China launched its first independent mission to Mars on Thursday as it gears up to take the leadership in space missions across the world with the US, European and Indian spacecraft either orbiting Mars or on its surface with other missions underway or planned already.
The probe, blasted off on the Long March 5 Y-4 rocket from the Wenchang Space Launch Centre in the southern island province of Hainan, is expected to reach Mars in February where it will attempt to deploy a rover to explore the planet for 90 days.
If successful, the latest mission – Tianwen-1, or “Questions to Heaven”, a Chinese poem penned two millennia ago – will make China the first country to orbit, land and deploy a rover in its inaugural mission.
Eight spacecraft – American, European and Indian – are currently either orbiting Mars or on its surface with other missions underway or planned.
The United Arab Emirates launched its own mission to Mars on Monday, comprising an orbiter to study the atmosphere.
The United States is expected to be close behind, with plans to send a probe in coming months. The probe will deploy a rover on Mars called Perseverance, the biggest, heaviest, most advanced vehicle sent to the Red Planet by the National Aeronautics and Space Administration (NASA).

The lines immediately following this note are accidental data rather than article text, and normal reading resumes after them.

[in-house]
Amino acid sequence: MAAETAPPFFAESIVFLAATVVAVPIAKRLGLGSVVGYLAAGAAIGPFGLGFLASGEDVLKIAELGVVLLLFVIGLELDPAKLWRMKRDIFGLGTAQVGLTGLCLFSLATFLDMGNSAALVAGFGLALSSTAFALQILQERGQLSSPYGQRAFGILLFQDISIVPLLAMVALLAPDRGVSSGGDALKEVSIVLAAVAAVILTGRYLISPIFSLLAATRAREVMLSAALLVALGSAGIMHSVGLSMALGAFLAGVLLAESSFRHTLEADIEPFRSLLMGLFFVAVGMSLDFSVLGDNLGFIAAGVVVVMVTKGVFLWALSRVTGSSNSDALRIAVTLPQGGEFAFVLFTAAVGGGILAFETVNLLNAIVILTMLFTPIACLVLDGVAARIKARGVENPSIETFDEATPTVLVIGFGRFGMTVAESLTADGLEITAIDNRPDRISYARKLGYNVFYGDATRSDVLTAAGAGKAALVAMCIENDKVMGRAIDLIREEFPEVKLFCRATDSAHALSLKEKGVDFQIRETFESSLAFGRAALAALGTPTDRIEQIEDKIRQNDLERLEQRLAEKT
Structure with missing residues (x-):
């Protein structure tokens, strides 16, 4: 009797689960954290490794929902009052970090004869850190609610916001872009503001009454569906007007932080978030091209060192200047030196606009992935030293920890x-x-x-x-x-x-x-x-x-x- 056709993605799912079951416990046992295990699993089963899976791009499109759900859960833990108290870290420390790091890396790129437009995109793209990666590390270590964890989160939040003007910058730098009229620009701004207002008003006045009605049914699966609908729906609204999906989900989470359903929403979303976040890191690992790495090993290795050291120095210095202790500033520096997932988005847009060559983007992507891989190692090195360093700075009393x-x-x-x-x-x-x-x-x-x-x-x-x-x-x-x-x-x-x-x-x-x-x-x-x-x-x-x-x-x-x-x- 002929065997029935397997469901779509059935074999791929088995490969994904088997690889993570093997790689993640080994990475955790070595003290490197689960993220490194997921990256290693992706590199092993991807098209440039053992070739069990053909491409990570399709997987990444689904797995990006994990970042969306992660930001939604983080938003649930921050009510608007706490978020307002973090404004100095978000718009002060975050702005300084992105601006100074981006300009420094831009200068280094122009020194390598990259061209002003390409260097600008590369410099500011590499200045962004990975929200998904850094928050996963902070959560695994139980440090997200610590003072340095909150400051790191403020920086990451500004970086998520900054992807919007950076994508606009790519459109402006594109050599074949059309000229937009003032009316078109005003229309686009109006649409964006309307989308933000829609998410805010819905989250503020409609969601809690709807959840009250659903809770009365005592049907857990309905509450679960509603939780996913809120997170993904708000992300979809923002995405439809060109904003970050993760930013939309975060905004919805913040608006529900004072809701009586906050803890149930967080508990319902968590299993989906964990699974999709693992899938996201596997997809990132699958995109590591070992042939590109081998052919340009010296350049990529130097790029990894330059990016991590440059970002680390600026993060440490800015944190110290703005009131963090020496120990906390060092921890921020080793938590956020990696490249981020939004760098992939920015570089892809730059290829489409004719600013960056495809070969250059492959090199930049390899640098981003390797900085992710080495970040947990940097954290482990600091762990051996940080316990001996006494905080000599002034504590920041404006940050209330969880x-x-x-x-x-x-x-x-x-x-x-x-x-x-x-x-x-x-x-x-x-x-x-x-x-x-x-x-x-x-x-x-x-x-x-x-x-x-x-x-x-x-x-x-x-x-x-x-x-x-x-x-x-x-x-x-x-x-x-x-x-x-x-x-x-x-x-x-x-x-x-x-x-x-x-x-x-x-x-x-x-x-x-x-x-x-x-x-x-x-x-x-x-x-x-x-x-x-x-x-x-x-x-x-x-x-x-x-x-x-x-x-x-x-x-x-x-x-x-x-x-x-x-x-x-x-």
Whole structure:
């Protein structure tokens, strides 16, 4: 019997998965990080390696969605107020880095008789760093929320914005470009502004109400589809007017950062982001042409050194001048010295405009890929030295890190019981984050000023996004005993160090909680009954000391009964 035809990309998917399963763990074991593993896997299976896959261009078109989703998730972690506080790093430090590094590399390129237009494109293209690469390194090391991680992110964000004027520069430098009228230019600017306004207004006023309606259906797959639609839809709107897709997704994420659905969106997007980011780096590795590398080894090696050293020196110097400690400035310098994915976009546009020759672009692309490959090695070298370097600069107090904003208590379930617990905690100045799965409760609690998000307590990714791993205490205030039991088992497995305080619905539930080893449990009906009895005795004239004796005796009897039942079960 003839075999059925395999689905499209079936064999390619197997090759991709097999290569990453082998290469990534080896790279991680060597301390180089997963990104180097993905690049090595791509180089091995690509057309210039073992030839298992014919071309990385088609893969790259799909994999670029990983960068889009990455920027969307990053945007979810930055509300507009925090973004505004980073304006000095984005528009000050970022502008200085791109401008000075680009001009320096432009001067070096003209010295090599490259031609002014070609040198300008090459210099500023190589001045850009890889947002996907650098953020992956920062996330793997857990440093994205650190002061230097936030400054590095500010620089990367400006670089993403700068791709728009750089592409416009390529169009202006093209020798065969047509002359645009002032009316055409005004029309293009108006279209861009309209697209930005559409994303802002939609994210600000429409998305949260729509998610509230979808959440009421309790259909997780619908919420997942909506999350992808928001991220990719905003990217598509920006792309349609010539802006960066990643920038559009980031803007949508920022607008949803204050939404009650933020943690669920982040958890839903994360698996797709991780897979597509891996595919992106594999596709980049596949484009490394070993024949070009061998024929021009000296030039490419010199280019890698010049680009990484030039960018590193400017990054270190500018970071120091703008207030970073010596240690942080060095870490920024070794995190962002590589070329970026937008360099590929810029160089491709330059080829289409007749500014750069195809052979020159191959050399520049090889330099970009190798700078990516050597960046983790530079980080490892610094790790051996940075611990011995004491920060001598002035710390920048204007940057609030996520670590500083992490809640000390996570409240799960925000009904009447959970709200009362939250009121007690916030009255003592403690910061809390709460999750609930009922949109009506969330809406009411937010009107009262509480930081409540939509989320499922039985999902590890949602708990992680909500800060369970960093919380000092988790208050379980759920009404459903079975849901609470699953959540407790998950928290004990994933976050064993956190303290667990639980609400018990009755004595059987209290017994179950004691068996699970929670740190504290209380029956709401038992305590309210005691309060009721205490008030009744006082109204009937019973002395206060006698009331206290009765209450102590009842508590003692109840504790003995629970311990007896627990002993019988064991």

China’s probe will carry several scientific instruments to observe the planet’s atmosphere and surface, searching for signs of water and ice.
China previously made a Mars bid in 2011 with Russia, but the Russian spacecraft carrying the probe failed to exit the Earth’s orbit and disintegrated over the Pacific Ocean.
After watching the United States and the Soviet Union lead the way during the Cold War, China has poured billions of dollars into its military-led space programme.
“China joining (the Mars race) will change the situation dominated by the US for half a century,” said Chen Lan, an independent analyst at GoTaikonauts.com, which specialises in China’s space programme. China has made huge strides in the past decade, sending a human into space in 2003.—AFP